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Review Article
Pain Research and Treatment
Volume 2017 (2017), Article ID 1535473, 4 pages
https://doi.org/10.1155/2017/1535473
Corrigendum

Corrigendum to “The Role of Descending Modulation in Manual Therapy and Its Analgesic Implications: A Narrative Review”

1Kinesiology Program, Arizona State University, Phoenix, AZ 85004, USA
2College of Medicine, University of Arizona, Tucson, AZ 85724, USA

Correspondence should be addressed to Andrew D. Vigotsky; ude.usa@kstogiva

Received 21 August 2017; Accepted 27 September 2017; Published 26 October 2017

Copyright © 2017 Andrew D. Vigotsky and Ryan P. Bruhns. This is an open access article distributed under the Creative Commons Attribution License, which permits unrestricted use, distribution, and reproduction in any medium, provided the original work is properly cited.


In the article titled “The Role of Descending Modulation in Manual Therapy and Its Analgesic Implications: A Narrative Review” [1], there was an error in the interpretation of the data presented by Plaza-Manzano et al. (2014). Therefore, in the Spinal Manipulation section, the sentence “Both cervical and thoracic groups saw decreases in neurotensin and oxytocin, as well as increases in orexin A plasma concentrations following respective interventions” should be corrected to “Both cervical and thoracic groups saw increases in neurotensin and oxytocin, as well as decreases in orexin A plasma concentrations following respective interventions.”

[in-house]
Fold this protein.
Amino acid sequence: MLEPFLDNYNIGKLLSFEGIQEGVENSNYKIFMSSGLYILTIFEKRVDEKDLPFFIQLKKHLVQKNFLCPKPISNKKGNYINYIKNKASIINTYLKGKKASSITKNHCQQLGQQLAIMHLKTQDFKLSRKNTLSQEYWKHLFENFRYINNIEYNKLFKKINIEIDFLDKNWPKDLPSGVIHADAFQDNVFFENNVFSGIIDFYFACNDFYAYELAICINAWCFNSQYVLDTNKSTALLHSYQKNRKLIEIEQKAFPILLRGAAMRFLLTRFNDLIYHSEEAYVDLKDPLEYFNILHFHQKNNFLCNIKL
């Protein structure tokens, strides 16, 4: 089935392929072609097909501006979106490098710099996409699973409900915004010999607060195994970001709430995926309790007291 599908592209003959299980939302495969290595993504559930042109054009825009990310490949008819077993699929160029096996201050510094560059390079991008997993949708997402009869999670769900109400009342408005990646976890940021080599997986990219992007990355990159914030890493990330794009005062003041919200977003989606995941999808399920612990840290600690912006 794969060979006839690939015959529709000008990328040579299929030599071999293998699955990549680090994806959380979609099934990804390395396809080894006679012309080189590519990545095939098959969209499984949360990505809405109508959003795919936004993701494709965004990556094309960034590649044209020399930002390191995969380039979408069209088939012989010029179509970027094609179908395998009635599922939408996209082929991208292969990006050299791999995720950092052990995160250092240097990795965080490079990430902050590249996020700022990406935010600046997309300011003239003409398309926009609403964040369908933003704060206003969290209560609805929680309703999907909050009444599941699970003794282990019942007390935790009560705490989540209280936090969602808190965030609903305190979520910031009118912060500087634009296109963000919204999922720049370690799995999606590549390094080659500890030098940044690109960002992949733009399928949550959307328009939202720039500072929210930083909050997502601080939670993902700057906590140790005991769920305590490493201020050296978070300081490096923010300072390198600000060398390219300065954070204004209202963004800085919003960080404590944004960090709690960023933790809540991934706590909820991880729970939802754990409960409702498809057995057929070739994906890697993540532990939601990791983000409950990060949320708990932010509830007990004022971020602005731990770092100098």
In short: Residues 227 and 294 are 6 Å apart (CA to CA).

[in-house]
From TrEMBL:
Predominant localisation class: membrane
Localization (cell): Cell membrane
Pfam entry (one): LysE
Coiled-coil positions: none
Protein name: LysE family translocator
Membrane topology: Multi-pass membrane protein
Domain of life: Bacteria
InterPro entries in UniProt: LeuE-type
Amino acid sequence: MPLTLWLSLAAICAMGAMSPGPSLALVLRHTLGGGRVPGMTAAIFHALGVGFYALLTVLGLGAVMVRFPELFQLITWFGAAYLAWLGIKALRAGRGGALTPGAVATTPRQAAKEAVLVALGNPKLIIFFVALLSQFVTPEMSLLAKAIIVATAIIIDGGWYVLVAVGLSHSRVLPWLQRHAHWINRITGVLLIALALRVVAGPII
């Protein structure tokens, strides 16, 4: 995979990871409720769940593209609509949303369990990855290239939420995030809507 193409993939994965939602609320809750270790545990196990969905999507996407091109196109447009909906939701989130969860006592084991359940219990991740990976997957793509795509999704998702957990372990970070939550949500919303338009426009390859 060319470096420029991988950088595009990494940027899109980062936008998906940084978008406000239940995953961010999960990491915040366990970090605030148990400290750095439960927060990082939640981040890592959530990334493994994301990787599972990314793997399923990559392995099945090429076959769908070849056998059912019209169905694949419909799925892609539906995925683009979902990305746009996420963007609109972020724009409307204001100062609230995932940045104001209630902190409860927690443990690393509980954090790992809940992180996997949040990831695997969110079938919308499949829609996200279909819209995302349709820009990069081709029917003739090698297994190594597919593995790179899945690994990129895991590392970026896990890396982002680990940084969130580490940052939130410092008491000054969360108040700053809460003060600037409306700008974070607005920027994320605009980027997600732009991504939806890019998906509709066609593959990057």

Additionally, in the Conclusion section, the text reading “Nearly all types of manual therapy have been shown to elicit a neurophysiological response that is associated with the descending pain modulation circuit; however, it appears that different types of manual therapy work through different mechanisms (Table ). For example, while massage therapy appears to elicit an oxytocin response, spinal manipulation does not. It is crucial that more higher quality research be performed to better understand these mechanisms, as it can lead to a better understanding of how each therapy can be applied to drive more specific clinical research” should be corrected as follows.

“Nearly all types of manual therapy have been shown to elicit a neurophysiological response that is associated with the descending pain modulation circuit; however, it appears that potential analgesic responses to different types of manual therapy may be modulated by different mechanisms (Table ). For example, while osteopathic manipulative therapy appears to elicit a β-endorphin response, conventional massage does not. It is crucial that higher quality research with better controls be carried out to better understand potential mechanisms, as this will lead to a better understanding of how each therapy may be applied to drive more specific clinical research.”

Finally, Table should be corrected as follows.